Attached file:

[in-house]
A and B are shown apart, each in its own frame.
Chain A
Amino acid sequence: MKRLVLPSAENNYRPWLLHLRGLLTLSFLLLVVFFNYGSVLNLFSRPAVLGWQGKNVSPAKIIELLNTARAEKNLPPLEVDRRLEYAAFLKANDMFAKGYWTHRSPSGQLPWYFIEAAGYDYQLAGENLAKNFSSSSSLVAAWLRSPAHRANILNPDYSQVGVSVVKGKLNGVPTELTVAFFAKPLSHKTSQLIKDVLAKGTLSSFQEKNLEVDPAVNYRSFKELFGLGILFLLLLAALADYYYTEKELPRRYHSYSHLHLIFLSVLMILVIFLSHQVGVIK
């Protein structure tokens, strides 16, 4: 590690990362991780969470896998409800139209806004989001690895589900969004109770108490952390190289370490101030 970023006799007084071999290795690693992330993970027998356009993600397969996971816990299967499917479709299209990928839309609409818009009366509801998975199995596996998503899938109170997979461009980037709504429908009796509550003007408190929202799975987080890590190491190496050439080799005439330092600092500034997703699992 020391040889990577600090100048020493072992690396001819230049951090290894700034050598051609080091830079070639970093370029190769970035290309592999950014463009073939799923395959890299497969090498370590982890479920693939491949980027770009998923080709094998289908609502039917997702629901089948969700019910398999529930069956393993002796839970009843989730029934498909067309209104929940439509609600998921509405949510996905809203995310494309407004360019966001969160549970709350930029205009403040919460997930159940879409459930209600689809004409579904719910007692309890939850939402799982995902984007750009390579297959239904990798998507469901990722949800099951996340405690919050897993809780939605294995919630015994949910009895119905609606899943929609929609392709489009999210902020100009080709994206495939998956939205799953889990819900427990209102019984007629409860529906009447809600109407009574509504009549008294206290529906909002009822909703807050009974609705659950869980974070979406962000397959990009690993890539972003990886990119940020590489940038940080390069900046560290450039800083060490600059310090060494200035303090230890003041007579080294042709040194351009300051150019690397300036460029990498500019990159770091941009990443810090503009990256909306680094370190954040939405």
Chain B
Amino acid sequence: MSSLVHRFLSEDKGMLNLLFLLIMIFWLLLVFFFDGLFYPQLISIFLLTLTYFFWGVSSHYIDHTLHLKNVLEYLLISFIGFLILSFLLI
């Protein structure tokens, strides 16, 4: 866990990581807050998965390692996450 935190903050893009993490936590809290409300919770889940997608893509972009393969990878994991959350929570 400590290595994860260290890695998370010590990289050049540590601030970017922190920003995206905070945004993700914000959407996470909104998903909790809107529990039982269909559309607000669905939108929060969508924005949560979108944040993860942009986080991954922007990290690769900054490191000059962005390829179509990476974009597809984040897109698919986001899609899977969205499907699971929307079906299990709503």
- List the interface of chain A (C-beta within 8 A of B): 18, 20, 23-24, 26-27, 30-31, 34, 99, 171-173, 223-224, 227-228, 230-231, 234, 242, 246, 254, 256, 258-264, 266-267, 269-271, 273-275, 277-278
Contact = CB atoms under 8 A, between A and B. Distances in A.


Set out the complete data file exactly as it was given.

[in-house]
A and B are shown apart, each in its own frame.
Chain A
Amino acid sequence: MKRLVLPSAENNYRPWLLHLRGLLTLSFLLLVVFFNYGSVLNLFSRPAVLGWQGKNVSPAKIIELLNTARAEKNLPPLEVDRRLEYAAFLKANDMFAKGYWTHRSPSGQLPWYFIEAAGYDYQLAGENLAKNFSSSSSLVAAWLRSPAHRANILNPDYSQVGVSVVKGKLNGVPTELTVAFFAKPLSHKTSQLIKDVLAKGTLSSFQEKNLEVDPAVNYRSFKELFGLGILFLLLLAALADYYYTEKELPRRYHSYSHLHLIFLSVLMILVIFLSHQVGVIK
């Protein structure tokens, strides 16, 4: 590690990362991780969470896998409800139209806004989001690895589900969004109770108490952390190289370490101030 970023006799007084071999290795690693992330993970027998356009993600397969996971816990299967499917479709299209990928839309609409818009009366509801998975199995596996998503899938109170997979461009980037709504429908009796509550003007408190929202799975987080890590190491190496050439080799005439330092600092500034997703699992 020391040889990577600090100048020493072992690396001819230049951090290894700034050598051609080091830079070639970093370029190769970035290309592999950014463009073939799923395959890299497969090498370590982890479920693939491949980027770009998923080709094998289908609502039917997702629901089948969700019910398999529930069956393993002796839970009843989730029934498909067309209104929940439509609600998921509405949510996905809203995310494309407004360019966001969160549970709350930029205009403040919460997930159940879409459930209600689809004409579904719910007692309890939850939402799982995902984007750009390579297959239904990798998507469901990722949800099951996340405690919050897993809780939605294995919630015994949910009895119905609606899943929609929609392709489009999210902020100009080709994206495939998956939205799953889990819900427990209102019984007629409860529906009447809600109407009574509504009549008294206290529906909002009822909703807050009974609705659950869980974070979406962000397959990009690993890539972003990886990119940020590489940038940080390069900046560290450039800083060490600059310090060494200035303090230890003041007579080294042709040194351009300051150019690397300036460029990498500019990159770091941009990443810090503009990256909306680094370190954040939405």
Chain B
Amino acid sequence: MSSLVHRFLSEDKGMLNLLFLLIMIFWLLLVFFFDGLFYPQLISIFLLTLTYFFWGVSSHYIDHTLHLKNVLEYLLISFIGFLILSFLLI
């Protein structure tokens, strides 16, 4: 866990990581807050998965390692996450 935190903050893009993490936590809290409300919770889940997608893509972009393969990878994991959350929570 400590290595994860260290890695998370010590990289050049540590601030970017922190920003995206905070945004993700914000959407996470909104998903909790809107529990039982269909559309607000669905939108929060969508924005949560979108944040993860942009986080991954922007990290690769900054490191000059962005390829179509990476974009597809984040897109698919986001899609899977969205499907699971929307079906299990709503």
- List the interface of chain A (C-beta within 8 A of B): 18, 20, 23-24, 26-27, 30-31, 34, 99, 171-173, 223-224, 227-228, 230-231, 234, 242, 246, 254, 256, 258-264, 266-267, 269-271, 273-275, 277-278
Contact = CB atoms under 8 A, between A and B. Distances in A.